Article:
New Report on Health Insurance Reform and Diabetes in America
Secretary Sebelius says:
As the nation marks American Diabetes Month, HHS Secretary Kathleen
Sebelius released a new report today, Preventing and Treating
Diabetes: Health Insurance Reform and Diabetes in America. The report
comes one day after Sebelius toured the East Manatee Family
Healthcare Center in Bradenton, Fla. At the center, Secretary
Sebelius held a roundtable discussion with Floridians with diabetes.
"Americans with diabetes are suffering in our current health care
system," Secretary Sebelius said. "Health insurance reform will help
ensure these Americans can get the prescription drugs and supplies
they need and bring down premiums so all Americans can have high-
quality, affordable health insurance."
As affordable treatment remains inaccessible to many Americans
suffering from chronic diseases, people with diabetes shoulder some
of the nation4s highest health care expenses. The report notes:
* One in six individuals with diabetes report avoiding or
delaying needed medical care because of cost. Annual health care
expenses for a diabetic topped $11,477 in 2007. A box of 100 test
strips for blood sugar monitors can cost up to $60 while the price of
a vial of insulin can range from $30 to $70, mainly because generic
brands are not manufactured in the United States.
* A study showed that 80 percent of people with diabetes went
uninsured after having lost coverage due to health insurance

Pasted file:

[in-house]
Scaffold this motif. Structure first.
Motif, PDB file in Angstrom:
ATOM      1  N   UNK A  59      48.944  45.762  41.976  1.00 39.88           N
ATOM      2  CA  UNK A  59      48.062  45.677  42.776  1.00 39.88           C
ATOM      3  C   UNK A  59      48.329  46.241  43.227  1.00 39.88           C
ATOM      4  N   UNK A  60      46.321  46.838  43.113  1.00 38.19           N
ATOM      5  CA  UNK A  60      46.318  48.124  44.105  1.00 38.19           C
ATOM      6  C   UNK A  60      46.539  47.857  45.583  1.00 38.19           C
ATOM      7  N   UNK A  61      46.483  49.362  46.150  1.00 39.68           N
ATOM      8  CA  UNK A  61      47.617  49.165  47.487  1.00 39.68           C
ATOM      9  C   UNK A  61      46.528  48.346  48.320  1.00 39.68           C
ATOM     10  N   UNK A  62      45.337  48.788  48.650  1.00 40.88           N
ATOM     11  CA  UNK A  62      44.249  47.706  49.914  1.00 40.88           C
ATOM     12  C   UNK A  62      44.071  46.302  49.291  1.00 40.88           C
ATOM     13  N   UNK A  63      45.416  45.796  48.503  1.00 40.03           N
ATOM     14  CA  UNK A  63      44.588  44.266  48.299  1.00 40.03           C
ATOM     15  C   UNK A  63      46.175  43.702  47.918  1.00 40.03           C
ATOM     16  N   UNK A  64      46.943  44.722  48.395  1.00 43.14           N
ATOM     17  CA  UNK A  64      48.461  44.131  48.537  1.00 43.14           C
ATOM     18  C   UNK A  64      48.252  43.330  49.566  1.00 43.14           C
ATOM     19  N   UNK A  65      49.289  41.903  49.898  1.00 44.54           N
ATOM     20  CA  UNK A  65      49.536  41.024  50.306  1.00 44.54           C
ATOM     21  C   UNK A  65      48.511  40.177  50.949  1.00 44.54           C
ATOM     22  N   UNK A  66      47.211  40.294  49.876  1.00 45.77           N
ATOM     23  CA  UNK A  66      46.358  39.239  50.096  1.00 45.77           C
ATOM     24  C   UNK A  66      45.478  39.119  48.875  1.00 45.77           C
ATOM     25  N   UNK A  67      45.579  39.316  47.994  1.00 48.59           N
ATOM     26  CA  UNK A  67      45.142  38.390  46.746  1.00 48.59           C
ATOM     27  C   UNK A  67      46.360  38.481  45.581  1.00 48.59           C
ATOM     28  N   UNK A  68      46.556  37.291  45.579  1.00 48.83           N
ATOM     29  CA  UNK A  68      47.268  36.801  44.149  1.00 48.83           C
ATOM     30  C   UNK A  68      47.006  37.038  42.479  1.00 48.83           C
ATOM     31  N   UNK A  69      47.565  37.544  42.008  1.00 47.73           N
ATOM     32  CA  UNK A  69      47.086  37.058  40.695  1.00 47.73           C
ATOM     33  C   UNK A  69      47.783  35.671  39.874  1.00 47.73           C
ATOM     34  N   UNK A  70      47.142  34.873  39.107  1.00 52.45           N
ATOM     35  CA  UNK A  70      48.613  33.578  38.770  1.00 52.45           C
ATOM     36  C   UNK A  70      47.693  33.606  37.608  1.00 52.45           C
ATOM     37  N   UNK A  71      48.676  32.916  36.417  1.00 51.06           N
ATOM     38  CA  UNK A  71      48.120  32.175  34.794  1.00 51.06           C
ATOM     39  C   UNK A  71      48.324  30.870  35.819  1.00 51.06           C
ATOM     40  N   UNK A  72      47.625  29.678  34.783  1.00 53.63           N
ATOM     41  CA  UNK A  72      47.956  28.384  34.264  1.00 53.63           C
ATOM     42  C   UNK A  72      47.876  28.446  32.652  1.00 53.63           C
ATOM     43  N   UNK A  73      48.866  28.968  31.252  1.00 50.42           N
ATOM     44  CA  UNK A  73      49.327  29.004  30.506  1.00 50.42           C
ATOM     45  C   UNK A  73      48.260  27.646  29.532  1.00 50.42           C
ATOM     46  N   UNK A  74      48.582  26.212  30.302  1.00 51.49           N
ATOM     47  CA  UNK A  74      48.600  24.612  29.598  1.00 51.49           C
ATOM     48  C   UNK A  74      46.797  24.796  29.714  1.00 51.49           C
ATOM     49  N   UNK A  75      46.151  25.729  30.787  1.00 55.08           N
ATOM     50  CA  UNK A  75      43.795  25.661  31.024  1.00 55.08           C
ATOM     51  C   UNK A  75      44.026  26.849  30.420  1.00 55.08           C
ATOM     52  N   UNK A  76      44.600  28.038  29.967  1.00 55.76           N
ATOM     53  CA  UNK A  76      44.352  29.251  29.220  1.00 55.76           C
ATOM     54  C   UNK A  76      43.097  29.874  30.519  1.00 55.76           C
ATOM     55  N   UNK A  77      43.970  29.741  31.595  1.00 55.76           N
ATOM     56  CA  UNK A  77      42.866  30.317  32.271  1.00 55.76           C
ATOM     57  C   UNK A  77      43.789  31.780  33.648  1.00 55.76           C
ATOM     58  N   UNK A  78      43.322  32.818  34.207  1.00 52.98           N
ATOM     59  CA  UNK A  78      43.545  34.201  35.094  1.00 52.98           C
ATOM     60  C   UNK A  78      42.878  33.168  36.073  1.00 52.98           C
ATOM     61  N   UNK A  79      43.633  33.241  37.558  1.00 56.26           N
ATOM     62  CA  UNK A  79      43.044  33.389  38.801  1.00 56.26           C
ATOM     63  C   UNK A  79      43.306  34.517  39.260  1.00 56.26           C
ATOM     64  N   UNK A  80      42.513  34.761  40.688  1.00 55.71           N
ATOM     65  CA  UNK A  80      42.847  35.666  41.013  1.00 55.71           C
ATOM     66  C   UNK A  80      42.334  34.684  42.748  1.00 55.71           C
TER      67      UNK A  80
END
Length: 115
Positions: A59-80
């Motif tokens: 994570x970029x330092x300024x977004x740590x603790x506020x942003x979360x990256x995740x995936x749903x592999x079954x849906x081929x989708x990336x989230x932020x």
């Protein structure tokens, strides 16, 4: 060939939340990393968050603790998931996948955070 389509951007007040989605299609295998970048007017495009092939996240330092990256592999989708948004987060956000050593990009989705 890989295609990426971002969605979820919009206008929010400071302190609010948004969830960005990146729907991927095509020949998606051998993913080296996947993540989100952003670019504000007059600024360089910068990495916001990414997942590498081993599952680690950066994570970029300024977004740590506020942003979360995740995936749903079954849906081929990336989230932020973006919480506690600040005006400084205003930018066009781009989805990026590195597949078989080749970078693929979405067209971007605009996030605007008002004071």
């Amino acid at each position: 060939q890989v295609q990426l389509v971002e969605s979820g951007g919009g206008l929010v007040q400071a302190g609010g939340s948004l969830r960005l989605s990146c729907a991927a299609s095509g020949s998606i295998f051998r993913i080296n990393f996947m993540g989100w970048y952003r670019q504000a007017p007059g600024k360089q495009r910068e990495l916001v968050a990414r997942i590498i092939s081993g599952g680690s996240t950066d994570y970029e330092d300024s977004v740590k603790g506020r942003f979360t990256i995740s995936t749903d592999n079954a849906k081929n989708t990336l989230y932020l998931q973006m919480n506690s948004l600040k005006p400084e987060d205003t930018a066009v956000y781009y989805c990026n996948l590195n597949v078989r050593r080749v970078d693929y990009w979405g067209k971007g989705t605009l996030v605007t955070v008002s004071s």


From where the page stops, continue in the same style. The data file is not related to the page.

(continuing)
transitions triggered by job change or layoff, a move, divorce,
graduation from college, or a change in income or health status.
* If all states improved diabetes control to the level of the top
four best performing states, at least 39,000 fewer patients would
have been admitted for uncontrolled diabetes in 2004, potentially
saving $216.7 million.
* Fourteen percent of American Indians, 12 percent of African
Americans, and 10 percent of Hispanics have type 2 diabetes. These
rates of diabetes are greater than in the non-Hispanic White
population, which has a rate of only 7 percent.
The report outlines the ways health insurance reform will lower costs
and improve access to quality health care services for Americans with
diabetes. Health insurance reform will lower health care costs for
people with diabetes by capping annual out-of-pocket expenses,
eliminate discrimination for pre-existing conditions and health
status, create a health insurance exchange so families can shop for
suitable plans, provide coverage for preventive screenings, and
reduce health disparities so that all Americans can have access to
quality, affordable health care.
To learn more about how health insurance reform will help Americans
with diabetes and view the complete report, visit
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